That graphic comes up a lot when talking about accuracy and precision. I can remember it from text books way back when. It applies to everything, but the illustration of target shooting just lends itself very nicely to the topic and is easy to understand. If you notice, that looks to be a surveying site that was just the first that came up when I googled.

But yes, precision is basically repeatability, with each measurement comparing closely to the last, but not necessarily being "correct". Accuracy is basically getting close to the "correct" measurement, with no reference to the previous measurements.

d2wing
March 9, 2012, 05:21 PM
Ok I know what you mean now. But isn't 1/4 inch at 100 yards 2.5 at 1000. If the angle stays the same the height is a function of the length isn't it. If you add a limit of accuracy such as .5 moa it becomes more important. Not too important to plinking but can make the difference in a match.

chaser_2332
March 9, 2012, 07:52 PM
This is why u test ur retical and tracking of your scope. To avoid dumb variables that's shouldn't be there

dscottdennison
March 9, 2012, 11:16 PM
D2wing, I think you are thinking about the wrong plane.

Chaser, I think you missed the point. The point is that this small variation does not matter.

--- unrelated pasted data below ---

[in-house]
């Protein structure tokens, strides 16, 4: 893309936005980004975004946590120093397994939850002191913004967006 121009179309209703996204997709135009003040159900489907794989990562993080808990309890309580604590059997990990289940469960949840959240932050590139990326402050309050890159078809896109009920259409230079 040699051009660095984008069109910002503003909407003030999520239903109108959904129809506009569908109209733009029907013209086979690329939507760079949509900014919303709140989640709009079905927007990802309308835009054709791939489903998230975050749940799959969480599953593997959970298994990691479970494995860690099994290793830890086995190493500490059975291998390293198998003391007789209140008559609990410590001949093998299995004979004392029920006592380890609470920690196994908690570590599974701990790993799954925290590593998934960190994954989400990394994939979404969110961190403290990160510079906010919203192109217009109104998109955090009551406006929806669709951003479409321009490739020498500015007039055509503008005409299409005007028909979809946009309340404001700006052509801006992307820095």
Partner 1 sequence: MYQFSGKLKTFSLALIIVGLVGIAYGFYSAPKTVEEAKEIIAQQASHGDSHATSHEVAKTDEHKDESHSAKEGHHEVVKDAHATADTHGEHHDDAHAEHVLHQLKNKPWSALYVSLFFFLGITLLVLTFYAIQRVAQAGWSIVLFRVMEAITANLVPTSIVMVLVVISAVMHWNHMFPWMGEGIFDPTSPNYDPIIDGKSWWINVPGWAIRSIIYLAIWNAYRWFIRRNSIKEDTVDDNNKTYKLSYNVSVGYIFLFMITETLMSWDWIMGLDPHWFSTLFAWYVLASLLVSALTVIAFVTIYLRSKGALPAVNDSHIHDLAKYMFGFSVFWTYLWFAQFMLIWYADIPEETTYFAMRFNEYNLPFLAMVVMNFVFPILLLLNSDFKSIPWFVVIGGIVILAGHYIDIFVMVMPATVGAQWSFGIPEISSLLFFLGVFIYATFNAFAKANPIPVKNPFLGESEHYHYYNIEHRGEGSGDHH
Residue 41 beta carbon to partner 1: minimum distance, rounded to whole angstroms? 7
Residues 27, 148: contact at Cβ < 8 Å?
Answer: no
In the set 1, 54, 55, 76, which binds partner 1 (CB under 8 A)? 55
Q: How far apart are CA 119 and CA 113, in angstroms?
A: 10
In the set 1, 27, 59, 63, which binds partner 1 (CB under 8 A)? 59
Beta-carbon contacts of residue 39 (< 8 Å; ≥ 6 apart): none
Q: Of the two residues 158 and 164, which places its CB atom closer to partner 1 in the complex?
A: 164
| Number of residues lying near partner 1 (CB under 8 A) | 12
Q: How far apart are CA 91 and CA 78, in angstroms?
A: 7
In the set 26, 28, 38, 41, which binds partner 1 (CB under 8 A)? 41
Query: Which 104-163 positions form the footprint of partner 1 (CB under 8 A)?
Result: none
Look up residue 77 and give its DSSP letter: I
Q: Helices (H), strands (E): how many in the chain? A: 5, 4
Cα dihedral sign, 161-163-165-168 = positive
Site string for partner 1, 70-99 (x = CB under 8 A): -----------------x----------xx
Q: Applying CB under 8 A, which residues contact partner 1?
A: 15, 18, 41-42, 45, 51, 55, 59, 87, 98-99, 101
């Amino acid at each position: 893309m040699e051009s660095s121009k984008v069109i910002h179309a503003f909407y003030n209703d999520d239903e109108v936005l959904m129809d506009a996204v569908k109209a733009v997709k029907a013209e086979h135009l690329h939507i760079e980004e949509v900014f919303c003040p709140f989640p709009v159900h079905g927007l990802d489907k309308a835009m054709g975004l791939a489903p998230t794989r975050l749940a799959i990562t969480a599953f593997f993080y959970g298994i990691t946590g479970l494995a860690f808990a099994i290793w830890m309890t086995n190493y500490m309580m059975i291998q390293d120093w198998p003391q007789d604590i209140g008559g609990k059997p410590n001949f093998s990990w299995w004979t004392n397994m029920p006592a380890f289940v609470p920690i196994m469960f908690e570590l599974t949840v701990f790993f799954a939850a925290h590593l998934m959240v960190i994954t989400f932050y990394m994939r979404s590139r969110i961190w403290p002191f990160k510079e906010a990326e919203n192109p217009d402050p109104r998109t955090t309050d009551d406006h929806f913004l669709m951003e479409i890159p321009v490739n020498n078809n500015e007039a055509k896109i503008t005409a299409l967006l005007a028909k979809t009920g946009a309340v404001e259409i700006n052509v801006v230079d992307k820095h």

Longrifle2506
March 10, 2012, 12:15 AM
Thanks for posting that. I was wondering about that because my brand new Leupold is slightly canted. My father told me not to worry and he said it's no big deal because Leupold actually allows for a certain amount of cant; I'm sure it's not much; but they do allow a little. This is valuable information though, for those who are worried about it.

I just level the top turret to get my reticle close; then use a plumb bob to fine-tune what little degree of cant may remain.

Really, the reticles in My Bushnell Elites, weavers, and Nitrex scopes were all perfectly perpendicular to their turrets. They were all built at a facility in Japan named "Light Optical Works." They build awesome optics. I just bought my very first Leupold after reading how the new VX-3 was improved so much versus the Pre-2009 VX-III and it's more expensive than my Elite 4200's. But the canted reticle can easily be noticed by the naked eye; although its still minor. Leupold makes more scopes in 8 weeks, than Swarovski, Schmidt & Bender, Kahles, Leica, and Zeiss(and one or two others) build in a year; Combined! Ya know, that kind of mass production might scare some folks away; but I'm impressed with the VX-3; I really do wish they didn't allow canted reticles though.

SharpsDressedMan
March 10, 2012, 12:19 AM
Perpendicularity might just be the biggest word ever used on THR.

Driftertank
March 10, 2012, 12:53 AM
Disestablishmentarianism....

:P